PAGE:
Reviews for the Nintendo 64 version were considerably more negative than those for the PlayStation version, as even critics who had a positive response to the game noted the Nintendo 64 version had lower quality audio[10][15][32] and stripped out the FMV cutscenes, which many considered the best element of the game.[10][12][15][17] GameFan and GameSpot also found the Nintendo 64 version's graphics more washed out,[12][15] but IGN said the two versions are graphically identical apart from the removal of the FMV,[17] and Electronic Gaming Monthly and GamePro both contended that the Nintendo 64 graphics are better.[10][32] However, GamePro was overall less pleased with the Nintendo 64 version, describing it as more of a rental,[32] and even Sushi-X, the only member of Electronic Gaming Monthly's four-person review team to give the PlayStation game a positive review, summed up that "While I somewhat enjoyed the PlayStation version, I detested the N64 mockery." He gave the PlayStation version a 7.5 but the Nintendo 64 version a 5.0.[9][10] French magazine Game Play 64 had mixed opinions but believed that fans of the franchise should still find some enjoyment in it.[19]

Retrospective reviews were more negative, with some labeling the game as one of the worst Mortal Kombat games ever. Game Informer's feature "Replay" declared the game was "absolutely terrible" because all of its aspects.[33] In 2011, IGN's Daemon Hatfield listed it as one of the worst Mortal Kombat games of all time.[34] According to him, Midway had planned Mythologies as a series but the overwhelming negative reception resulted in its cancellation.[35] Its cutscenes have also been criticized in UGO Networks' article "The Worst Cutscenes In Gaming History" based on their unconvincing acting and special effects.[36] GamesRadar's Mikel Reparaz opined that while the concept of giving Sub-Zero his own game was interesting based on his popularity, the game "ended up a terrible mess of ugly sprites, cheap deaths and a button you had to hit just to change the direction you were facing, and the less that’s said about it, the better."[37]

See alsoEdit


  1. ^ "MK Mythologies: Sub-Zero: Not Just Blood and Guts Anymore". Electronic Gaming Monthly. No. 100. Ziff Davis. November 1997. p. 78.
  2. ^ Midway (1997). Mortal Kombat Mythologies: Sub-Zero. Midway. Sub-Zero: Fine... I get to the temple and then what? What's inside?/ Quan Chi: A small amulet... worthless to you, but... let's just say it has great sentimental value to me.
  3. ^ Midway (1997). Mortal Kombat Mythologies: Sub-Zero. Midway. Raiden: Do you realize what you've done?? / Sub-Zero: I was just earning my living. / Raiden: Your clan's ignorance and greed will cost this entire realm. You must now set things straight. / Sub-Zero: Quan Chi could simply be a lunatic sorcerer. I've never heard of an elder god named Shinnok or of a place called the Netherealm. / Raiden: Well, you'd better start believing in both, because you're going to the Netherealm and you've going to bring the amulet back. We must act quickly. I have no dominion in the Netherealm... You are reality's only hope. / Sub-Zero: I'll do it, Thunder God... but only because I have no choice.
  4. ^ Midway (1997). Mortal Kombat Mythologies: Sub-Zero. Midway. Sub-Zero: Here... the amulet. / Raiden: Impressive, Sub-Zero. Perhaps you will reconcile your reckless past after all.
  5. ^ a b Playstation Pocket Power Guide Unauthorized, 3, Prima, 1998, pp. 56, 57, ISBN 0-7615-1466-X
  6. ^ "Gaming Gossip". Electronic Gaming Monthly. No. 86. Ziff Davis. September 1996. p. 34.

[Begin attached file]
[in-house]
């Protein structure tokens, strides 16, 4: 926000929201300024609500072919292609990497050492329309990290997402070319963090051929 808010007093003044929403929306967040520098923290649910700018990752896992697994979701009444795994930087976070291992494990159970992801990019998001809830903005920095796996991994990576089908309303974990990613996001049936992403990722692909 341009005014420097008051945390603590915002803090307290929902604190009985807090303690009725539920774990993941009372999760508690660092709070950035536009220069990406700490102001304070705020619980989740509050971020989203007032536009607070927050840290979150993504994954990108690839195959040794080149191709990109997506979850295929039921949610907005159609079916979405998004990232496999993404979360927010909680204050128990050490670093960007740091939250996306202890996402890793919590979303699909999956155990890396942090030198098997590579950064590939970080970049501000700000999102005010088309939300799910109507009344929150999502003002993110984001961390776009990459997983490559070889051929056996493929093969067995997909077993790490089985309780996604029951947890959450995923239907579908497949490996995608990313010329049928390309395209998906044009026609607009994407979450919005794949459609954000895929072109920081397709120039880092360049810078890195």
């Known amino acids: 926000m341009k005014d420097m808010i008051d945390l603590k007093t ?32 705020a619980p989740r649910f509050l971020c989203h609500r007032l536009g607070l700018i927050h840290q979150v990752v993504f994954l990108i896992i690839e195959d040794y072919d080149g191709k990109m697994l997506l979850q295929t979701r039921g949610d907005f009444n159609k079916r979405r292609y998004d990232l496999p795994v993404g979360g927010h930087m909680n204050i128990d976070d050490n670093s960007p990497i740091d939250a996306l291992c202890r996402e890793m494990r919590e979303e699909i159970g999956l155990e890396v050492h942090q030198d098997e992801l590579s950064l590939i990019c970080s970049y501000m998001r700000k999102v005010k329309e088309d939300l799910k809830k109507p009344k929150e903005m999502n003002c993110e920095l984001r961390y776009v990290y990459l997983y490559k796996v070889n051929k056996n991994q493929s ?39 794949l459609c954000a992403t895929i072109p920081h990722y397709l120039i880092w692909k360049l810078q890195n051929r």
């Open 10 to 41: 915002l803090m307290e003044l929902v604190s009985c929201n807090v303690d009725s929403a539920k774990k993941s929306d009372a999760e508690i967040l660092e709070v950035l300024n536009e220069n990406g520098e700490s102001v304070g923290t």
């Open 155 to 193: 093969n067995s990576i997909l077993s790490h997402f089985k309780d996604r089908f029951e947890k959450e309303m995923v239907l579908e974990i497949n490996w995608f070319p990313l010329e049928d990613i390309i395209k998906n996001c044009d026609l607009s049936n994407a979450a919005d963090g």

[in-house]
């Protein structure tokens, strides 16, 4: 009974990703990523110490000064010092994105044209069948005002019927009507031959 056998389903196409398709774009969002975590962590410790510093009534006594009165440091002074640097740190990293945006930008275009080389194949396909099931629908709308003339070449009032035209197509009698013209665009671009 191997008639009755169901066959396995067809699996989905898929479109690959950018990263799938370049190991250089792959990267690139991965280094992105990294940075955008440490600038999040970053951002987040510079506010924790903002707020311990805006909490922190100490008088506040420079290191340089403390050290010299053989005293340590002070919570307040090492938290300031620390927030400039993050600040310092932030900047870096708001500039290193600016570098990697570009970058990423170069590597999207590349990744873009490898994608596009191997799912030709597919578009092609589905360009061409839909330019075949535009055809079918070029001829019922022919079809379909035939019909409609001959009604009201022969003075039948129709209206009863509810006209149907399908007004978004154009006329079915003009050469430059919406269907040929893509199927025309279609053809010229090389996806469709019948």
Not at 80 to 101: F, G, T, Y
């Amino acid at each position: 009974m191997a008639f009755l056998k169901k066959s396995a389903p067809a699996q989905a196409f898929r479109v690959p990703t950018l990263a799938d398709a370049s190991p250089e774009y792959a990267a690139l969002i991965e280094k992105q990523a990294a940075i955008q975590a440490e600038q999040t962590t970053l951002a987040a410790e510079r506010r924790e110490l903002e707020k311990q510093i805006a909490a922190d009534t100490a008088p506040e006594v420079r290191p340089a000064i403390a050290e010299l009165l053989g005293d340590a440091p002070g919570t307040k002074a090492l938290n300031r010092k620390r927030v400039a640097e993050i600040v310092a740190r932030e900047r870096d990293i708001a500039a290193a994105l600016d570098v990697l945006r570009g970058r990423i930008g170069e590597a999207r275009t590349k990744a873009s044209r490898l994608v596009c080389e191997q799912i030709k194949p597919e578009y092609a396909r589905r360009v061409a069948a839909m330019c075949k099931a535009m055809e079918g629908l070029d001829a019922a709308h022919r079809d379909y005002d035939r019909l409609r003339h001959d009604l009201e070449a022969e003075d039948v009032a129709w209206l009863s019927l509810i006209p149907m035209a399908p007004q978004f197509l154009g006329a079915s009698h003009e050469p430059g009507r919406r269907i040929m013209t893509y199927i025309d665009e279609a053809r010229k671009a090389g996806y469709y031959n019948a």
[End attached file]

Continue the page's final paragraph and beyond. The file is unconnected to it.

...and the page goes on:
7. ^ Major Mike (August 1997). "Mortal Kombat Mythologies: Sub-Zero". GamePro. No. 107. IDG. pp. 32–34.
  8. ^ "Behind the scenes". Mortal Kombat Mythologies: Sub-Zero official website (archive). Archived from the original on 1998-12-01. Retrieved 2009-02-02.
  9. ^ a b c d e f g h i "Review Crew: MK Myth. Sub-Zero". Electronic Gaming Monthly. No. 101. Ziff Davis. December 1997. p. 206.
  10. ^ a b c d e f g h i j "Review Crew: MK Myth.: Sub-Zero". Electronic Gaming Monthly. No. 103. Ziff Davis. February 1998. p. 105.
  11. ^ a b c d e "Viewpoint". GameFan. Vol. 5 no. 11. November 1997. p. 20. Retrieved 26 April 2020.
  12. ^ a b c d e "Viewpoint". GameFan. Vol. 6 no. 2. February 1998. p. 18 – via Internet Archive.
  13. ^ "Mortal Kombat Mythologies: Sub Zero Review Review". Retrieved June 29, 2013.
  14. ^ a b c d e Gerstmann, Jeff (October 1, 1997). "Mortal Kombat Mythologies: Sub Zero Review Review". Retrieved June 29, 2013.
  15. ^ a b c d e f g Gerstmann, Jeff (February 3, 1998). "Mortal Kombat Mythologies: Sub Zero Review Review". Retrieved June 29, 2013.
  16. ^ a b c d e f "Mortal Kombat Mythologies: Sub Zero". 1 October 1997. Retrieved 25 September 2012.
  17. ^ a b c d e f Casamassina, Matt (December 8, 1997). "Mortal Kombat Mythologies: Sub-Zero". IGN. Retrieved 26 April 2020.
  18. ^ a b c d e f g "Finals". Next Generation. No. 38. February 1998. pp. 112–3 – via Internet Archive.
  19. ^ a b "Le site des anciennes revues informatiques -".
  20. ^ "Nintendo Accion 064" – via Internet Archive.
  21. ^ a b c d "El gélido abrazo de la muerte". Superjuegos (in Spanish). No. 68. December 1997. pp. 76–78 – via Internet Archive.
  22. ^ "Hobby Consolas 076". 1 January 1998 – via Internet Archive.
  23. ^ "PSX Magazine 14" – via Internet Archive.
  24. ^ "Le site des anciennes revues informatiques -".
  25. ^ a b "File:AcaoGames BR 122.pdf - Retro CDN".
  26. ^ a b
  27. ^ a b
  28. ^
  29. ^ "Mortal Kombat Mythologies: Sub-Zero PlayStation Review Score". Archived from the original on 2017-06-30.
  30. ^ "Mortal Kombat Mythologies: Sub-Zero Nintendo 64 Review Score". Archived from the original on 2017-06-30.
  31. ^ a b c d e f Major Mike (December 1997). "PlayStation ProReview: Mortal Kombat Mythologies: Sub-Zero". GamePro. No. 111. IDG. pp. 148–9.
  32. ^ a b c d e f Major Mike (February 1998). "Nintendo 64 ProReview: Mortal Kombat Mythologies: Sub-Zero". GamePro. No. 113. IDG. p. 80.
  33. ^ "Replay – Mortal Kombat Mythologies: Sub-Zero".
  34. ^ Hatfield, Daemon (March 29, 2011). "The Best (And Worst) Mortal Kombat Games".
  35. ^ Hatfield, Daemon (May 5, 2011). "The History of Mortal Kombat".
  36. ^ Fahs, Travis (May 4, 2011). "The Worst Cutscenes In Gaming History". Archived from the original on 2011-05-09.
  37. ^ Reparaz, Mikel (April 13, 2011). "The evolution of Scorpion and Sub-Zero". GamesRadar.

External linksEdit